There’s a moment that happens sometimes.
When I reach the end of a film, a story, a book.

Sometimes it’s after a conversation or looking at a painting, but not often.

Sometimes it’s at the end of a song.

In this moment, there’s a feeling. I’m not happy, I’m not sad.
I feel the weight of what I just read / watched / heard.

It’s a little hollow and it always makes me pause. It makes me want to shout out “GO SEE THIS”.

And I just realised the word for it. It’s awe.

It hits like a lightening bolt from the tip of my head to my heels and it stops time for a moment, leaving only the environmental sounds around me and a space in my brain where there is no thought happening. (And I never stop thinking).

“Awesome” is a devalued word, but in there moments, I truly get a taste of what “awe-some” really means. A thing that creates awe in those who experience.
Or at least in me.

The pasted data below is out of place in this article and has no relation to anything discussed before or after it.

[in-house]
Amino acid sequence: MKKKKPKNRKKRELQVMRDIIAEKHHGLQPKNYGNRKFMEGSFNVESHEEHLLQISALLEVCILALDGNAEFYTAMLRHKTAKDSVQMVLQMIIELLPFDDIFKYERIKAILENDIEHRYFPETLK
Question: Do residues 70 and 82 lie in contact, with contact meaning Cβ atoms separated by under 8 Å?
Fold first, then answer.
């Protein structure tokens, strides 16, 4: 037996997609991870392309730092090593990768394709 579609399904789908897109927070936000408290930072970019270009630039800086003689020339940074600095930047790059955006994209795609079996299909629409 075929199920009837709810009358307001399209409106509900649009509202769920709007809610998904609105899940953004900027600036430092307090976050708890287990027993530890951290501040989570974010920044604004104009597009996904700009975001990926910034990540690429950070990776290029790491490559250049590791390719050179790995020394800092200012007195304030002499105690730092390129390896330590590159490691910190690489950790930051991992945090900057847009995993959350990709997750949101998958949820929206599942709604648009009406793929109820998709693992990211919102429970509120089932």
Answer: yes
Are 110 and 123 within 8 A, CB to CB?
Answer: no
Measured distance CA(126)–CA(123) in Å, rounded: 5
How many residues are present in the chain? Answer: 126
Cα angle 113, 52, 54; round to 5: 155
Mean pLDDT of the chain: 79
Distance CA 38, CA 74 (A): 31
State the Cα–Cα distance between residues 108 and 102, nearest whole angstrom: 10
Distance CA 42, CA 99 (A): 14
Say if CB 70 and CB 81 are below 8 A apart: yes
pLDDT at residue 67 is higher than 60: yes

The first time I really noticed this sensation enogh to wonder about it was at the end of a not-very-well-known film called “Scenes of a Sexual Nature”. Just caught it on TV, watched it.
And it’s not the most well written film, nor is it the best acted or shot thing ever, but there’s something in its essence that made me stop.

There have been many other times down the years, and sometimes there’s an accompanying sensation; a nod of the head, as if to say “this thing is now complete”. A small smile. “this thing was satisfying”.

Virus Comix frequently cause this awe in me, and what prompted me to write this was this comic that you can read here at the end of which, I was in awe.


This picture makes sense if you read the comic. Sorry if you don't, I couldn't think of a better image
The Cone






One response to “Awe”

  1. Ben Goudie Avatar

    Thanks for pointing this out. It was quite an experience.

    I find, when I encounter some truly awesome work of art, that I’m not so much satisfied as overwhelmed. I stop, and find myself momentarily filled with emotion, even when the thing isn’t inherently distressing. I wonder whether Stendhal syndrome is a heightened version of this. There’s something uncomfortably striking about something being, however momentarily, right.